Startups, Telemedicine, Health Tech

Omada adds virtual consultations to help members manage chronic conditions

Digital health startup Omada is adding virtual consultations with physicians to its platform. To start, the company is offering physician-guided care for diabetes and hypertension. 

Omada is offering chat-based virtual consultations to members in its programs for diabetes and hypertension management. Photo credit: Omada

As more competitors build out their own digital health platforms to address a wide spectrum of conditions, Omada Health adding to its own.  

The San Francisco-based startup is adding chat-based consults with physicians to its platform, through text-based telehealth platform CirrusMD. To start, Omada plans to offer this to patients in its diabetes and hypertension programs.

Physicians could order prescriptions, look at patients’ labs and and help manage their medications. Verily’s digital health platform, Onduo, and Livongo, through its merger with Teladoc, also offer telehealth visits. 

Starting next year, Omada plans to add physician consults to its programs for pre-diabetes and weight management, behavioral health, and musculoskeletal care.

It would build on Omada’s current platform, which pulls data from connected devices, such as continuous glucose monitors, and includes health coaching and peer support.

Once started as a virtual diabetes prevention program, the company now offers app-based tools for managing diabetes, hypertension, musculoskeletal pain and behavioral health.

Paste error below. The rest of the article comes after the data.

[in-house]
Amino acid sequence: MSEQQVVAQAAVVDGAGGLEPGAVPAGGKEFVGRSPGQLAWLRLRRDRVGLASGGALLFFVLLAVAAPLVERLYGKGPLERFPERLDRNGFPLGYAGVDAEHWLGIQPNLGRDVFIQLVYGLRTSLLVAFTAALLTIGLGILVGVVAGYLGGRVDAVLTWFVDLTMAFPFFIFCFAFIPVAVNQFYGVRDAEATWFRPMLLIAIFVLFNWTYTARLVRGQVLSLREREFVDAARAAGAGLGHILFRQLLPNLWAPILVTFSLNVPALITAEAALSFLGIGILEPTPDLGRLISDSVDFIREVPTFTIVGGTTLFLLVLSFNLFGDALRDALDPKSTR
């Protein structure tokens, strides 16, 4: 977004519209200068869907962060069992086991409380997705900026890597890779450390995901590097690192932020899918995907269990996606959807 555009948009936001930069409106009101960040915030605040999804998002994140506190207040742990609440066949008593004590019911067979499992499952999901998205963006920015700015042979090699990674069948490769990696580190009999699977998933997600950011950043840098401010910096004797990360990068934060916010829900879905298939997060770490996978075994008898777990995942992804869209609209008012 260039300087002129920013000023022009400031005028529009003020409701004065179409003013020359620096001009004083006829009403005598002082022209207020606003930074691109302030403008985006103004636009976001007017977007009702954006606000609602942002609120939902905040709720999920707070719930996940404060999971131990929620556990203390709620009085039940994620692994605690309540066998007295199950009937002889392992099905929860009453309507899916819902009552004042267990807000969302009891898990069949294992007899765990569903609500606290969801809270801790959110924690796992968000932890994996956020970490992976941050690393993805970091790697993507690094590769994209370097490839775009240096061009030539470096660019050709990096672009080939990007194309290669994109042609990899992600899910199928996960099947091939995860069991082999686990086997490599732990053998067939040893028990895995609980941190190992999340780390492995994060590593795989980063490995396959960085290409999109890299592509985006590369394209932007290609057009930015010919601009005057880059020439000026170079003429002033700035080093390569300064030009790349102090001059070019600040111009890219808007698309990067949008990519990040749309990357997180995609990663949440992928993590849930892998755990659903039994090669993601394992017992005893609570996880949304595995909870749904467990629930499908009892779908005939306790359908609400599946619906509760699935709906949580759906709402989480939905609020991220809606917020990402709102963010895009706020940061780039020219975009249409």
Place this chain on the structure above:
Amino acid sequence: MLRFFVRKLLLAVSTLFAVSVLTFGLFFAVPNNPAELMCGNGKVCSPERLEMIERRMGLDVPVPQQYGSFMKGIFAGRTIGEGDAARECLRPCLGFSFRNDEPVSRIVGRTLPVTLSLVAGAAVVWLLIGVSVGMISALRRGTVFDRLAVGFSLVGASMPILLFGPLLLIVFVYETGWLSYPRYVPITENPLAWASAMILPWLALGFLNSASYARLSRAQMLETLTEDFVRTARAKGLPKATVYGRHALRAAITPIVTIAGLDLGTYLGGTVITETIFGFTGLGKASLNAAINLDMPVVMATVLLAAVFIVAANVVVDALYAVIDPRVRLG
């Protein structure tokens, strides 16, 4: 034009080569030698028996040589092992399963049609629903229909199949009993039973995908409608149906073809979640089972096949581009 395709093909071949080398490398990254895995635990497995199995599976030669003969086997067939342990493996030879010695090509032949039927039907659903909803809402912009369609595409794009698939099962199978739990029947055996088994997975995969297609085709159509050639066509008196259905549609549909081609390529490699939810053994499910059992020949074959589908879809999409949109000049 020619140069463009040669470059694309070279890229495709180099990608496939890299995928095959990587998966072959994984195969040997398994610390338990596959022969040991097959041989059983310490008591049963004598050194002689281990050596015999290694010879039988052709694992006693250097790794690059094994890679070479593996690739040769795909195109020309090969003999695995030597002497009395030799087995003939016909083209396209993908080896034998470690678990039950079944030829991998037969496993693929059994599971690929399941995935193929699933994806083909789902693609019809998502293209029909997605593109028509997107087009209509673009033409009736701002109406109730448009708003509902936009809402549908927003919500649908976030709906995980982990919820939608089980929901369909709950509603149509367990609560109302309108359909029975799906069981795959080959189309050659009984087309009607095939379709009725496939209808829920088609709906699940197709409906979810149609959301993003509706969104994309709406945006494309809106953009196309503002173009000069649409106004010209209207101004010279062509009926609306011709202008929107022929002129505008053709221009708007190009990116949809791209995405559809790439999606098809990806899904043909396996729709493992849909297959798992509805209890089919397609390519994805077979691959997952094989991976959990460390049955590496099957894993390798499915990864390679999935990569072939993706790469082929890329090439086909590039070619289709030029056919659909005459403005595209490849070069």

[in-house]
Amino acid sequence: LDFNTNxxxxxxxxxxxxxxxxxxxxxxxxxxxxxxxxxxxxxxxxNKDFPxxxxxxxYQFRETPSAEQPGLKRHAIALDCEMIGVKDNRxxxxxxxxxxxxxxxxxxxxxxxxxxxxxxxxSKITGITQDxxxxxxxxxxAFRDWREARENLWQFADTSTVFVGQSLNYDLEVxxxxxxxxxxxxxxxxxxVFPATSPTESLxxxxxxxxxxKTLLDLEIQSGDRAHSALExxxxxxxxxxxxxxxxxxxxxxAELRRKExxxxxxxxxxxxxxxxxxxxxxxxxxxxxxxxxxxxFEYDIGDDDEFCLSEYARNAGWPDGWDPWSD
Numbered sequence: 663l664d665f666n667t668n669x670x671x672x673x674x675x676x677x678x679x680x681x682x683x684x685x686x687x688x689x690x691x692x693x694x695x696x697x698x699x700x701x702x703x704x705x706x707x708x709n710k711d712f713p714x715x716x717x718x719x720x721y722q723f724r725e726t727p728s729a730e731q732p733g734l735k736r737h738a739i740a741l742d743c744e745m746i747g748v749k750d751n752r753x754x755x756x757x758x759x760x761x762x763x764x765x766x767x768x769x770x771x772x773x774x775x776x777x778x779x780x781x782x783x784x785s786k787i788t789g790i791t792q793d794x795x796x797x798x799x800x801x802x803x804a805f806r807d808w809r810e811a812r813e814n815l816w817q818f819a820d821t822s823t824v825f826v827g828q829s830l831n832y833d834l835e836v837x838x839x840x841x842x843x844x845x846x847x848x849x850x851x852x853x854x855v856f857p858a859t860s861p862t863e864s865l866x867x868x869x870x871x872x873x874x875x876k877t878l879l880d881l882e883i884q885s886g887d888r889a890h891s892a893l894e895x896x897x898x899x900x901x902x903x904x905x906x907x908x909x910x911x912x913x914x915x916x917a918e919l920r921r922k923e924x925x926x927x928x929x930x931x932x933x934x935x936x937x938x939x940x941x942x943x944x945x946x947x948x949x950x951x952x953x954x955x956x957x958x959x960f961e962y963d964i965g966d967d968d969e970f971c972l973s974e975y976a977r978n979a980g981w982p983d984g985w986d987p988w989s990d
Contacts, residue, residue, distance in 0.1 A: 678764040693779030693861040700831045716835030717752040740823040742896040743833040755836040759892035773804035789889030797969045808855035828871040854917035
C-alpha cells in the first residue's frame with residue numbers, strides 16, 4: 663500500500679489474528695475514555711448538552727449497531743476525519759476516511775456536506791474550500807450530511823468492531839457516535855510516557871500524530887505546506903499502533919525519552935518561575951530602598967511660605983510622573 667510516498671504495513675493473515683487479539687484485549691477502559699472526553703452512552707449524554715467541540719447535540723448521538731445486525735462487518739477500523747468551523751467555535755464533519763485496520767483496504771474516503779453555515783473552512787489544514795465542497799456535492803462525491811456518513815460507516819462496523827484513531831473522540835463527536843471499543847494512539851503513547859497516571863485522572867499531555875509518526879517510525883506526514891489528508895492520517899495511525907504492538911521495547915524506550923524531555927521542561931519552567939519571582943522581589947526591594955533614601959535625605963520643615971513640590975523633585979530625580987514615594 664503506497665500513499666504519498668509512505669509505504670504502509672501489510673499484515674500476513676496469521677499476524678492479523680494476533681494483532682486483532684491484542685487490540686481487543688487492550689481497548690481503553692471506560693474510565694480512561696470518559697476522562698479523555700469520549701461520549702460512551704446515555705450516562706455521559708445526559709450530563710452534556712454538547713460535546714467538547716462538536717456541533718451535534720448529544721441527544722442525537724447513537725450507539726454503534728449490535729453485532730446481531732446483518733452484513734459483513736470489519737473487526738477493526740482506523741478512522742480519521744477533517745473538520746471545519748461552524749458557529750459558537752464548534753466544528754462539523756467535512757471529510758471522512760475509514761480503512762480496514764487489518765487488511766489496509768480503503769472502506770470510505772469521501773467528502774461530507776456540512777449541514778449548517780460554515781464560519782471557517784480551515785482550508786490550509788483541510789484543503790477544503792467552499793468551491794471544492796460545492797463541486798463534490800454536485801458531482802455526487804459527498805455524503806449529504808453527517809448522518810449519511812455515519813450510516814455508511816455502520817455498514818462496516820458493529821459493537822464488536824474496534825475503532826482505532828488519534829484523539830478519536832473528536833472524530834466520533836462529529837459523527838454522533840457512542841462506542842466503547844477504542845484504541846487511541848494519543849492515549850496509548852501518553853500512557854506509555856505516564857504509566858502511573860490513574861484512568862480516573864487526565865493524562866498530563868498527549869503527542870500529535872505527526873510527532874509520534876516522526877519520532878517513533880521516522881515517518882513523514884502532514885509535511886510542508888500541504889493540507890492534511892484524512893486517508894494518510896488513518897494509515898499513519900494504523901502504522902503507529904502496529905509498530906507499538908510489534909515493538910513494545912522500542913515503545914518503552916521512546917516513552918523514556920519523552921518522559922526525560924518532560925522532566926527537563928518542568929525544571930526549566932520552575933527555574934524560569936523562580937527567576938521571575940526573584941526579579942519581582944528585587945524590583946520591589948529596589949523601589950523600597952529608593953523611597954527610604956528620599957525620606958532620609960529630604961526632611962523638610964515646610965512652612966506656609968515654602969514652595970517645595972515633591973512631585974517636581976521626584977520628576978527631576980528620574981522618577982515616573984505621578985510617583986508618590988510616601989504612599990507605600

So far, the Omada’s approach to managing multiple chronic conditions seems to be resonating with employers. The company has seen a 200% increase in multi-program deals, with employers offering multiple programs as a  covered benefit, said Jennifer La Guardia, Omada’s director of clinical product and behavior science, in a Tuesday press briefing. 

After Omada’s acquisition of digital physical therapy startup Physera last year, the company also has additional plans to build on that platform, using computer vision technology to give more insight on how patients are performing their exercises. 

“We’re always open to either building, or as we did with Physera, acquiring,” Co-Founder and CEO Sean Duffy said. “What we saw in Physera was a perfect complement to Omada’s belief system which was that you have to augment the care professionals with technology, not replace. … That has to be true in any M&A and that was true here.”